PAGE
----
Over the past month we have spoken about the dynamics of on-line education and how it can be beneficial for some students, but not so beneficial for others.
We have learned that "blended" instruction can be valuable as well. I would now like to switch gears and speak about an unwanted phenomenon that disrupts the daily lives of many students. What I am referring to is the practice of bullying.
We can all safely say that during some point in our lives we were bullied by another student, friend or even a co-worker. We also can agree that it was not so pleasant being on the receiving end of torment and practical jokes. Everyone enjoys a good laugh every now and then, but a little bit of humor goes a long way.
It is a reality that students of all age groups and grades are susceptible to bullying while attending school each and every day. As parents we strive to give our children the best school supplies, school clothes and assistance with schoolwork at the family dinner table, but does our job also entail providing our children with the tools to deal with bullying?
The question arises that how do we know if our child is being bullied at school without them letting us know. The chances are as your child ages they will be less apt to discuss any type of situation related to these matters.
We as parents must become investigators and be on the lookout for the signs and symptoms that are presented by the effected child. This can be a daunting and drawn-out process to say the least.
When your child starts to show signs that are out of their normal range it is time to take a moment and intervene.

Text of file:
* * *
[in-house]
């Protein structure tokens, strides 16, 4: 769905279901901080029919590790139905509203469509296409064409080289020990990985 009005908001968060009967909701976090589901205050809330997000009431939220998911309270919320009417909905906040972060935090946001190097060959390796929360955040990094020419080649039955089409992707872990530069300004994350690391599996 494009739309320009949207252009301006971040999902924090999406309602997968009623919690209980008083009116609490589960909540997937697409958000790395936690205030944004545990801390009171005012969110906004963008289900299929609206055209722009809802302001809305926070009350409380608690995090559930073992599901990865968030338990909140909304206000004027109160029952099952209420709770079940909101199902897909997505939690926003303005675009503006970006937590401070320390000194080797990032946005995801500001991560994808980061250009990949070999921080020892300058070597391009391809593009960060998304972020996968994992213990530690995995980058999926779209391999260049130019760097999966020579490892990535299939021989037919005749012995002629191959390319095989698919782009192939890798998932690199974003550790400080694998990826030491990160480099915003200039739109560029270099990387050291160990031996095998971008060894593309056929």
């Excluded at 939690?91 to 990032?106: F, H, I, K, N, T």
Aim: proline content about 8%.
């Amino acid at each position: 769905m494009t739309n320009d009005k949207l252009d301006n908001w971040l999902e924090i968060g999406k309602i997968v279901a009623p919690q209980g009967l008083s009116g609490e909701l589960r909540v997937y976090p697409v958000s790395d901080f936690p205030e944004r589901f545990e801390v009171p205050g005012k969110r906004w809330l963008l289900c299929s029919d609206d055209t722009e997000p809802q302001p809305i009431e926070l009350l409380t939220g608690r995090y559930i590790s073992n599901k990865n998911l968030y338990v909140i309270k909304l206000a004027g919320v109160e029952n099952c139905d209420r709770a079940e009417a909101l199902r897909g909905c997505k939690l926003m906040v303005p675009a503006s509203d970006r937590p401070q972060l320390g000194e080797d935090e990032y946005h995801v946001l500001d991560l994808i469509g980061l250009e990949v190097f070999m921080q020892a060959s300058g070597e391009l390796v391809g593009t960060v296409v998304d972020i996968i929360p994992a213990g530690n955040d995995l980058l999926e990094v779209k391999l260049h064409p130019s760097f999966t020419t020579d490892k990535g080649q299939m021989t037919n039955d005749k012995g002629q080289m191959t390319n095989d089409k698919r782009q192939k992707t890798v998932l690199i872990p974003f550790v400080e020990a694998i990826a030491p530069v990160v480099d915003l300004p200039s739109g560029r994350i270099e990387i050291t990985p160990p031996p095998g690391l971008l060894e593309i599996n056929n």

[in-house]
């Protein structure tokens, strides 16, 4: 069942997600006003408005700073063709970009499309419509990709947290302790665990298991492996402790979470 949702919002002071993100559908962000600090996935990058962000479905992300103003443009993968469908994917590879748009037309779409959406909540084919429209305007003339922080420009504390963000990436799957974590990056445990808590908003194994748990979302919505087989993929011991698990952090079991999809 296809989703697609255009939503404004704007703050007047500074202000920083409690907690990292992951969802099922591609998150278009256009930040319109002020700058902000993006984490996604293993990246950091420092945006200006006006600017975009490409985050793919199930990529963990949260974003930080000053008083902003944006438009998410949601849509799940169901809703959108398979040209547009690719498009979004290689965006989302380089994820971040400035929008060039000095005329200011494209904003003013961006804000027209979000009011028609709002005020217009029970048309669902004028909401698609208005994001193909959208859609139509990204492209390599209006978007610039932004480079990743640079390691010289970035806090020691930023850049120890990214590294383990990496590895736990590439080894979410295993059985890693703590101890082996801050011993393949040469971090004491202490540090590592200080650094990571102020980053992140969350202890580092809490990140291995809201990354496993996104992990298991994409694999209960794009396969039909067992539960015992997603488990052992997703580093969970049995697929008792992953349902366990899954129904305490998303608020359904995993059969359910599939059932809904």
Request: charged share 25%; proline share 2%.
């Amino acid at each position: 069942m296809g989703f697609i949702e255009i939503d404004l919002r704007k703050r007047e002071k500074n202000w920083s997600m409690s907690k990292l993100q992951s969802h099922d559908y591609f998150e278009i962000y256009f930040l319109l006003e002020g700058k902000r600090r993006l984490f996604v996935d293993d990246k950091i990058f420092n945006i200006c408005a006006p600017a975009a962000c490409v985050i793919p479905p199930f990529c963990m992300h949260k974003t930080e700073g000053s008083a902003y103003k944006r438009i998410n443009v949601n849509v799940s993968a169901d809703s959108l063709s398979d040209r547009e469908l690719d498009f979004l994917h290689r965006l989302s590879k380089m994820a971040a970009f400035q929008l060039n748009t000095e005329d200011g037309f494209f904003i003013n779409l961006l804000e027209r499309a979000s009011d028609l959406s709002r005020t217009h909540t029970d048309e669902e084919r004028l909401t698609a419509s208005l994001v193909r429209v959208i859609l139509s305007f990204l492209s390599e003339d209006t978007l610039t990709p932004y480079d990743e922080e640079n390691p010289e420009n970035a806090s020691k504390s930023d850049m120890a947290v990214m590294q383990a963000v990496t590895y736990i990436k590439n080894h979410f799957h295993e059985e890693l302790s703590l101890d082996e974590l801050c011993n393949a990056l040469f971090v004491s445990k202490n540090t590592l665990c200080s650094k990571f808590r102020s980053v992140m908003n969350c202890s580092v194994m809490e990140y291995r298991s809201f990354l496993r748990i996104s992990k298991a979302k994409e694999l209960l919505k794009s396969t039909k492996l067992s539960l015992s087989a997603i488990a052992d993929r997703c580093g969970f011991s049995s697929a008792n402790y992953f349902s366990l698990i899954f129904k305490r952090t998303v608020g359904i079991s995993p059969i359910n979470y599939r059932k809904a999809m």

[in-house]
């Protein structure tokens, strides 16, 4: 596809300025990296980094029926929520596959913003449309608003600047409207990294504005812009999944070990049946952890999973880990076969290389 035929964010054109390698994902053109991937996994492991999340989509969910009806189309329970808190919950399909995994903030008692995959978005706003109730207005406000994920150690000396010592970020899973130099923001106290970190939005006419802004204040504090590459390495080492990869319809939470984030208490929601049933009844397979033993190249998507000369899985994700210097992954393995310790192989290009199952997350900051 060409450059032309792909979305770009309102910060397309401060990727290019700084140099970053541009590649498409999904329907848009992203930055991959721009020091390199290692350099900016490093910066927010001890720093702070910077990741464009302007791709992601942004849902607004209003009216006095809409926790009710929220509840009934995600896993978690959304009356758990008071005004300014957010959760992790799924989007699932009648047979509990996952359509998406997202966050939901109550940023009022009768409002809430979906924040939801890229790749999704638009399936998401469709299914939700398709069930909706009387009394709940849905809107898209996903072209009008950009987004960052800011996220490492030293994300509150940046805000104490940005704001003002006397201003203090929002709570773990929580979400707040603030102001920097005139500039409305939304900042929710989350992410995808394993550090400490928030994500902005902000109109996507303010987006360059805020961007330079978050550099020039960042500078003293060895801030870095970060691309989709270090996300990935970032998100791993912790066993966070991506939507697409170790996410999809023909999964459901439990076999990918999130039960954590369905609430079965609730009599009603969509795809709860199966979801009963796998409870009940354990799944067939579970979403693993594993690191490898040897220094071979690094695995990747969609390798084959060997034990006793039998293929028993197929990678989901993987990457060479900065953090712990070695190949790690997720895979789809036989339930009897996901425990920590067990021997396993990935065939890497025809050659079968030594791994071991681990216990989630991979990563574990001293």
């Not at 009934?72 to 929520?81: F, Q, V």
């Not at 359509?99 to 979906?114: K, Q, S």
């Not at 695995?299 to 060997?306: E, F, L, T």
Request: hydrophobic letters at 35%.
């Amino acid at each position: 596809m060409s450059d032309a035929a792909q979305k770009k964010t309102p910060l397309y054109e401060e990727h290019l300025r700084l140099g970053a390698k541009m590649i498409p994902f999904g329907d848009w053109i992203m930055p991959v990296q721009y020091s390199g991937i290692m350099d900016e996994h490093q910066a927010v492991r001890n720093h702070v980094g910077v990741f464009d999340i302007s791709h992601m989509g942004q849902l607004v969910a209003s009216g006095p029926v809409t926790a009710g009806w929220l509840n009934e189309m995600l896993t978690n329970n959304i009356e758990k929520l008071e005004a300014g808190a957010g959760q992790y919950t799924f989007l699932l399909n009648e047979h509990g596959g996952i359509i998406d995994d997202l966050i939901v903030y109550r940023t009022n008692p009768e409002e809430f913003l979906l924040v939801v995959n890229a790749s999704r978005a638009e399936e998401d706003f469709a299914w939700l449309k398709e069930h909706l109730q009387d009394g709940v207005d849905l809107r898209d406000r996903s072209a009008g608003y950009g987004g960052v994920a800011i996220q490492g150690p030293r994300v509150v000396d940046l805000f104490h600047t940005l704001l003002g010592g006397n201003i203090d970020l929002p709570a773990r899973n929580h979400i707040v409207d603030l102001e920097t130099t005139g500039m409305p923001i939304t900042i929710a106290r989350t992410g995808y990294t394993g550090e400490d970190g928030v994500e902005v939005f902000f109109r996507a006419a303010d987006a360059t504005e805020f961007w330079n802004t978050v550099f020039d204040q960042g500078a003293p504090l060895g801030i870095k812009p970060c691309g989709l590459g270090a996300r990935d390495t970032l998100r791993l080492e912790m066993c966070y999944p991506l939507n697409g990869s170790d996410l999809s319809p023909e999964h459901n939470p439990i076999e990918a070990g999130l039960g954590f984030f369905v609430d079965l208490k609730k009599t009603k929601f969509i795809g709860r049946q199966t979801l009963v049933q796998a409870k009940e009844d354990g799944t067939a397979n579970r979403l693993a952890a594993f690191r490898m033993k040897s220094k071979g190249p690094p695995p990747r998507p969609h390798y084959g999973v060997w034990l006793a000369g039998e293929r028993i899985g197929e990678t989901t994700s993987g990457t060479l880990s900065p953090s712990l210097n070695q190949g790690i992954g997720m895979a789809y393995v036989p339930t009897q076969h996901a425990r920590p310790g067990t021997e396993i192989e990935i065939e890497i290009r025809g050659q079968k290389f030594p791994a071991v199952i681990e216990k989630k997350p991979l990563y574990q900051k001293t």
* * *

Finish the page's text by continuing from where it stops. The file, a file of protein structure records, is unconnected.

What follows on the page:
This can be as simple as asking your child some basic questions about how school is going, or even questions pertaining to how life in general is going for them. The absolute worst thing a parent can do is to draw conclusions without any evidence or place shame on the student for letting other students upset them.
These interactions should be about listening for the most part and be supportive in nature.
Students often will show signs of withdrawal from their school or any related school functions. If severe enough they may even show signs of avoidance of any other school age children outside of the school setting. You may have just noticed these changes, but the truth is they may have been going on for some time.
It is important to take notice to your child's eating and sleeping patterns. The child may be so "worked-up" that they can't bear to eat or get a healthy night's sleep. The child also may not want to engage in even attending school and might even put up a fight in the mornings before school.
The older aged student might even skip school or leave without permission during the school day.
Grades are another sign that may be indicative of being bullied, as the student may have extreme challenges concentrating on their schoolwork. Their grades maybe steadily declining.
Whether or not your child is showing mild or severe signs and symptoms of being bullied it is important that we are able to head-off any level of bullying that is occurring to them.
We must most importantly remember that there are resources for parents to employ to cease any bullying that is occurring.
In the next article I will discuss many of these resources and provide some strategy for assisting your child with bullying in the school setting.
Cordell is the owner of Excell Tutoring Services, 346 Broad St., Montoursville.
He may be reached at 506-9998 or firstname.lastname@example.org. For more information, visit www.excelltutor ingservices.com.